This house, located on Lewes Beach, was a really great project. The clients came to us with a few objectives. The house had to be sustainable and they wanted to leave a legacy home for their children. There were other concerns which we addressed as well, but it all revolved around strength and sustainability.
The original program was to attempt to renovated the existing home on the lot. That would have been the most sustainable option. However, that proved to be impractical as the existing structure wasn’t capable of providing the hurricane resistant structure they sought. Nor did it comply with current flood regulations. Although we did have to tear down the house, we managed to save certain key features for re-use. These features, such as the original doors and hardware and much of the original flooring, add fun details to the new build.
Once the decision was made to build from scratch, we then considered the structure itself. We eventually settled on insulated concrete formwork. This allowed us to have a super insulated wall with a much higher r-value than framed structures. ICF also allows for thermal mass that helps to buffer temperatures in the home decreasing peak heating and cooling loads. There are two downsides to this system. The first was the large embodied energy cost of concrete. The second is the difficulty in expanding and modifying the shell. The first concern was offset by the energy savings of the structure in operation over a potentially very long lifespan. The second was less of a concern when the house already nearly uses up all of the space on the lot.
Other features that were developed included natural ventilation and lighting. During the day, large portions of the house have no need of any additional lighting. We have been told that the clients rarely turn on the air conditioning as the breezes off the bay keep the house comfortable for most of the year. The heating needs of this home are also pretty minimal. This is thanks to the closed cell insulation in the attic and insulated concrete formwork. Early designs had called for a green roof, but that ended up being scrapped for cost and practicality reasons. However, we managed to incorporate grass paving for the parking. This accomplishes much of the same goals for stormwater management as a green roof would provide.
The structure of the Lewes Beach House was designed to be hurricane resistant as one of the goals of the home. It wouldn’t be very sustainable or friendly to their children if the house blew away in a major hurricane event. To that end, we designed the home to meet stringent impact and wind requirements. We actually did get pricing from contractors for both an insulated concrete formwork structure and a wood framed structure. We were working under the assumption that the concrete would be pricier. However, it turned out that the standard wood construction cost up to 20% more when you factored in all of the required labor and strapping to meet the same structural standards.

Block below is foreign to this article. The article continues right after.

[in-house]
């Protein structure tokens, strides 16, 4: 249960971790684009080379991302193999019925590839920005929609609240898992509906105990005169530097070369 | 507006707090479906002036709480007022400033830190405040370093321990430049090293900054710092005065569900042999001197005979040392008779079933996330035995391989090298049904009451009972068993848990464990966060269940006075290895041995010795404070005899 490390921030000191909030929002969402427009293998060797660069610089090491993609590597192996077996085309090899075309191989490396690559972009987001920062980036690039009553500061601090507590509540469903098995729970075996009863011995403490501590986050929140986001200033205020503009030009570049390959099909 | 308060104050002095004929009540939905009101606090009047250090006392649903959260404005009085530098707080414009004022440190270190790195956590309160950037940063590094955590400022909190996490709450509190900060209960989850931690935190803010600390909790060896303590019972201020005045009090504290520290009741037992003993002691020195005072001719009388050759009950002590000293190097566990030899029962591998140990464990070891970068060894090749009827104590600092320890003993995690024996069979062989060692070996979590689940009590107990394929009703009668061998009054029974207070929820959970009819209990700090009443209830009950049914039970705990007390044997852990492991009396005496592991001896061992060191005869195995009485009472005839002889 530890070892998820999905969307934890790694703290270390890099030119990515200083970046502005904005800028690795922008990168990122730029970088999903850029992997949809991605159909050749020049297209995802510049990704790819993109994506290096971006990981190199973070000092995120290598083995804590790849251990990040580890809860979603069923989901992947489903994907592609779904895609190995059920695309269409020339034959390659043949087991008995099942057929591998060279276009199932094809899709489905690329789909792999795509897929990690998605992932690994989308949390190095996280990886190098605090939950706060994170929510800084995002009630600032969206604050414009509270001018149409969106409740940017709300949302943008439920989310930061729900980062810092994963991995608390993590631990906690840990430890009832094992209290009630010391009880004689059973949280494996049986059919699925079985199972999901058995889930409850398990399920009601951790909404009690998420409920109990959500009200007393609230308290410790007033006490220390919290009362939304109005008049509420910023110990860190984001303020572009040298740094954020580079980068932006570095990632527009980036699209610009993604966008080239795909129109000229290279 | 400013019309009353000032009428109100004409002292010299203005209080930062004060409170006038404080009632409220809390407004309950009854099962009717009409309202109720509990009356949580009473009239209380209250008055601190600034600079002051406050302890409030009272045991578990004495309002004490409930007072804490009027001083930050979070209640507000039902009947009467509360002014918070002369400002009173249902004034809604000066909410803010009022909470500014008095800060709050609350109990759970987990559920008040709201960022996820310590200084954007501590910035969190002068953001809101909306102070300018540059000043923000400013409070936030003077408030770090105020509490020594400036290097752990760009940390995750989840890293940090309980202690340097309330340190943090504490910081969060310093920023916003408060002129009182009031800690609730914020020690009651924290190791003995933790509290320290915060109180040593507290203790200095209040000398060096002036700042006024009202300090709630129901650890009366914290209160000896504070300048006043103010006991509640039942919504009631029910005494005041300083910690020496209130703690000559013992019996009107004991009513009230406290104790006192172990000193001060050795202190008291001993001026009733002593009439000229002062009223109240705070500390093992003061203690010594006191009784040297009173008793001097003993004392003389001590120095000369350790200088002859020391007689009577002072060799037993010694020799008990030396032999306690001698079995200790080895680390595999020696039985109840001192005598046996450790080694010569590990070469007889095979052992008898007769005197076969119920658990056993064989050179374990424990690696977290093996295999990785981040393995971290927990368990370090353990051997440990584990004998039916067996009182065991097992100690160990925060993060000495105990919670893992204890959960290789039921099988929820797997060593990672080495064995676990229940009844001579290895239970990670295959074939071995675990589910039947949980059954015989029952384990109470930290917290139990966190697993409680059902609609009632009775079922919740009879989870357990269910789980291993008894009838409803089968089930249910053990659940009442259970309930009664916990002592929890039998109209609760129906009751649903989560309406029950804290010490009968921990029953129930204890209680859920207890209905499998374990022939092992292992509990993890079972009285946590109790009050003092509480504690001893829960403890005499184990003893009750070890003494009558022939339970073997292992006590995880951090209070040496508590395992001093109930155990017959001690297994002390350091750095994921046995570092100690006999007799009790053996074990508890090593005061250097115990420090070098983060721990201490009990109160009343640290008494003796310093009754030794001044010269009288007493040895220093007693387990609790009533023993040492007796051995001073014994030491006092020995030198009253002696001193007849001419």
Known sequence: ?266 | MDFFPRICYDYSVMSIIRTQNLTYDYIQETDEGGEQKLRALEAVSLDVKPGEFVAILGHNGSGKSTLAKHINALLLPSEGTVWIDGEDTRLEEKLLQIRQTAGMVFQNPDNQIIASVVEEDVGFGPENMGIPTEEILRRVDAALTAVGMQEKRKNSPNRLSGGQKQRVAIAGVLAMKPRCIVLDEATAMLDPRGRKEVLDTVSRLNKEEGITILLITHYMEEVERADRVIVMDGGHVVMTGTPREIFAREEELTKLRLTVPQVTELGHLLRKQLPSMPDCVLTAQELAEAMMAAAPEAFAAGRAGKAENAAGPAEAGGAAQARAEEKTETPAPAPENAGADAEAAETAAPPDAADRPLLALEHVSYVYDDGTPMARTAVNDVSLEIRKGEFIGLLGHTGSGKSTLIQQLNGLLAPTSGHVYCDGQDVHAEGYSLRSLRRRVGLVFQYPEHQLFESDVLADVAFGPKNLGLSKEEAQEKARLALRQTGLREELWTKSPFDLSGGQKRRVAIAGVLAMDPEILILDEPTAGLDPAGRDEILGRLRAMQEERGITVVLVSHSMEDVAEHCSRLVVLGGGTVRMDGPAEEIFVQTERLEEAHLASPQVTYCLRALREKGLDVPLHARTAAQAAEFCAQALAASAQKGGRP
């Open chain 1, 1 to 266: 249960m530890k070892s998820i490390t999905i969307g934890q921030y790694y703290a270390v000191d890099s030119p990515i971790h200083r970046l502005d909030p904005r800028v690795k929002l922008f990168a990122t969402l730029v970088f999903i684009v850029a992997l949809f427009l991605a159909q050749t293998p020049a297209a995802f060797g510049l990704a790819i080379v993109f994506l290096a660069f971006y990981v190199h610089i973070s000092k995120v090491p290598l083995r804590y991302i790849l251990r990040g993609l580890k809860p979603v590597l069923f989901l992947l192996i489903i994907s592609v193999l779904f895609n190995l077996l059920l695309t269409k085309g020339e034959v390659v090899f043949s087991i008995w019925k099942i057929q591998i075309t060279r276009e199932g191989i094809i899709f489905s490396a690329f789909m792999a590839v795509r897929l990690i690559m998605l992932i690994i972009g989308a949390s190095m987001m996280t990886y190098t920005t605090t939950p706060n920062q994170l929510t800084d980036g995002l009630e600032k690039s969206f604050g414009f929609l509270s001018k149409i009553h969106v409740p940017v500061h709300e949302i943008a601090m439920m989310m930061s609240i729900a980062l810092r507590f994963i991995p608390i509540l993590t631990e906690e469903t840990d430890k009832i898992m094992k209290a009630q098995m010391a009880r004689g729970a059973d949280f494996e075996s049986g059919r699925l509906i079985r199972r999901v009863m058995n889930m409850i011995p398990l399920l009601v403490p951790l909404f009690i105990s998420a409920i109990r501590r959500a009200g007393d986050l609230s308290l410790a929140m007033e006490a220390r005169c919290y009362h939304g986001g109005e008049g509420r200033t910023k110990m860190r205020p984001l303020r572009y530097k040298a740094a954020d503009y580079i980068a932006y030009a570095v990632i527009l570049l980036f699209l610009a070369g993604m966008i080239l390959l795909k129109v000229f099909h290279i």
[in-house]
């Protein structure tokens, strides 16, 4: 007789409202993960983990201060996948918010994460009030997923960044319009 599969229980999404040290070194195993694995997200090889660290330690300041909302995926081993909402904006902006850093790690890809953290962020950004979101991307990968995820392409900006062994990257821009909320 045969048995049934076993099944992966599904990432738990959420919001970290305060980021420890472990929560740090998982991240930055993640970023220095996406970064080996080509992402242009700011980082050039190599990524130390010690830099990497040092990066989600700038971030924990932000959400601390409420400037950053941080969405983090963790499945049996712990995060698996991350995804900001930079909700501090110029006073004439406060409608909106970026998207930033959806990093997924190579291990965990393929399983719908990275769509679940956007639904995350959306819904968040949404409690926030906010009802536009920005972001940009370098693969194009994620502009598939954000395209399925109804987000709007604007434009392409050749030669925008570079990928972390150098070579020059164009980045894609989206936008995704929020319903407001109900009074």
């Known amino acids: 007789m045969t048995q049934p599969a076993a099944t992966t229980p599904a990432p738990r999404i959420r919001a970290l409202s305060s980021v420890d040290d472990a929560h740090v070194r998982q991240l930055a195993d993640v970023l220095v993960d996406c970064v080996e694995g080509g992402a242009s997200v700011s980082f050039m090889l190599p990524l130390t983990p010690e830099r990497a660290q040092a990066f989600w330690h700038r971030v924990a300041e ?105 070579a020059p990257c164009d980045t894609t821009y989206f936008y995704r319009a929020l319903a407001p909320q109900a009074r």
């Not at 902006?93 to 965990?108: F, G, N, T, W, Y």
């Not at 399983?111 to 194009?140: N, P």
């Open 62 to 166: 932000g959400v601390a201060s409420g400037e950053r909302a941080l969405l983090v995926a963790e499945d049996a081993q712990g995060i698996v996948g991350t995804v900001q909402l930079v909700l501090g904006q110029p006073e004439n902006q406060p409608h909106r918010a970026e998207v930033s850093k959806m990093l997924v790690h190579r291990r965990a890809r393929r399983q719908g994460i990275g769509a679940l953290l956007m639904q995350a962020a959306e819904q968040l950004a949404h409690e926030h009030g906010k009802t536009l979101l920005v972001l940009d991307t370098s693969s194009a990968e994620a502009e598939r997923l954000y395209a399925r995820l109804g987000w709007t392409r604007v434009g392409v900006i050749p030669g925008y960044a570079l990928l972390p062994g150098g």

In addition to a structure that is both storm and pest resistant, we installed fiberglass clad impact resistant window systems. These windows should allow this house to weather most storms without incurring significant interior damage. We also upgraded the roof shingles to the highest warranteed shingle we could find. So far, they’ve held up just fine, even in an awkward corner where it turned out wind speeds can reach much higher than average due to funneling effects.
Once we met the rest of the design criteria, some of the other items that were important included an open floor plan living space on the top floor. We accomplished this space with large views out over the bay. This was especially helped by working with the town zoning officials to place this house in a unique location on the street, so as to avoid being blocked by it’s neighbors. The master suite is located on this floor as well. One outcome of this arrangement is that the bedroom gets a view of the canal off of it’s attached balcony (later screened porch) and the top level becomes almost a private floor for the clients to live on, even when they have guests.
The second floor is mostly bedrooms and bathrooms, but does have a public room for guests to have their own space to congregate. It also has it’s own screened porches which are great for people watching and enjoying the sunrise or sunset.
The design process actually took a very long time. It was probably the better part of a year working through the design options and then over a year to get a contractor and get it constructed. It was definitely a challenge for these clients, however, the extra time allowed for a deep interaction regarding the design. We had the opportunity to explore multiple ideas and concepts. We also got to examine the value of various pieces. At our first meeting, I may have slightly laughed at their budget. To their credit, although we did scale back some of the less critical portions of the design, they rose their budget for the items that mattered for them. A great project like the Lewes Beach House requires full buy in from the design team and the clients.